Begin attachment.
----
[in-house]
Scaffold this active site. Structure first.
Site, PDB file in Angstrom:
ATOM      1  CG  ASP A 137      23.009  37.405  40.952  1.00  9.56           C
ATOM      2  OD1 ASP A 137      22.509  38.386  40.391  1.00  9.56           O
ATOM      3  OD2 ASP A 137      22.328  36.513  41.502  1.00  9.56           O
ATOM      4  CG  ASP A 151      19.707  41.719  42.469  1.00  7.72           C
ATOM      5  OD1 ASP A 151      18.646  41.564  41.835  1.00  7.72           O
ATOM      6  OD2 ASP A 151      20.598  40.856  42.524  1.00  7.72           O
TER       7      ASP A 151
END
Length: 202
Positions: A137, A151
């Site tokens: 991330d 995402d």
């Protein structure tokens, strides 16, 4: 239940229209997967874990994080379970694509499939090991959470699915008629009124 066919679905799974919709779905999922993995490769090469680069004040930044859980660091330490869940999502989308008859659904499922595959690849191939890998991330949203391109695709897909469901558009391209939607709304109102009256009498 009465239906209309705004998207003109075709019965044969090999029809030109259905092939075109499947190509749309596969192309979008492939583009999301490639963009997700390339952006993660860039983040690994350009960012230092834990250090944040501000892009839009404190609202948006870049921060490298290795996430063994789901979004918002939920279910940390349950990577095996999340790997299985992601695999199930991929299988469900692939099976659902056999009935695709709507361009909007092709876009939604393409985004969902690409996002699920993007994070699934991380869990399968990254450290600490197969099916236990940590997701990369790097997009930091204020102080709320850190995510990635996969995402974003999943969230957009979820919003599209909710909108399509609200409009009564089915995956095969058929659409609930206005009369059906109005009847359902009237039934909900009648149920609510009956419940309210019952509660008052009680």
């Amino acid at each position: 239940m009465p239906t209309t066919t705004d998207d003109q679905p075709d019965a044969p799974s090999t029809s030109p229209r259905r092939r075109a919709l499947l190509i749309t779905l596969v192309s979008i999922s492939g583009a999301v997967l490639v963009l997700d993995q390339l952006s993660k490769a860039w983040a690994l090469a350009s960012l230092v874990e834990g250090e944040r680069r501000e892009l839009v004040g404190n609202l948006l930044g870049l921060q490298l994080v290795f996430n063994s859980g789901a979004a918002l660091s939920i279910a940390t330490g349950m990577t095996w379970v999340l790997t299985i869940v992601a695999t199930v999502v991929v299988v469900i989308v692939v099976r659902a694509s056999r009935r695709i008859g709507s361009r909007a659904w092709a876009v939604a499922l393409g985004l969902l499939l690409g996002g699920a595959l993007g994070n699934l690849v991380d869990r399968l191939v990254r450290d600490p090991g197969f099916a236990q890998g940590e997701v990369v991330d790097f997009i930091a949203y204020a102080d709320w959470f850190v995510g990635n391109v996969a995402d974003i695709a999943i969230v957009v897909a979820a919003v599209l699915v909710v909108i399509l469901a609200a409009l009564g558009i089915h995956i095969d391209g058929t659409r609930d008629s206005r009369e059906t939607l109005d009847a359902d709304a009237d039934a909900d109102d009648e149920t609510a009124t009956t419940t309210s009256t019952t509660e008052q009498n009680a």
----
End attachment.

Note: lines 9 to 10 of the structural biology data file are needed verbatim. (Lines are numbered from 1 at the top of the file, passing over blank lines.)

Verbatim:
ATOM      6  OD2 ASP A 151      20.598  40.856  42.524  1.00  7.72           O
TER       7      ASP A 151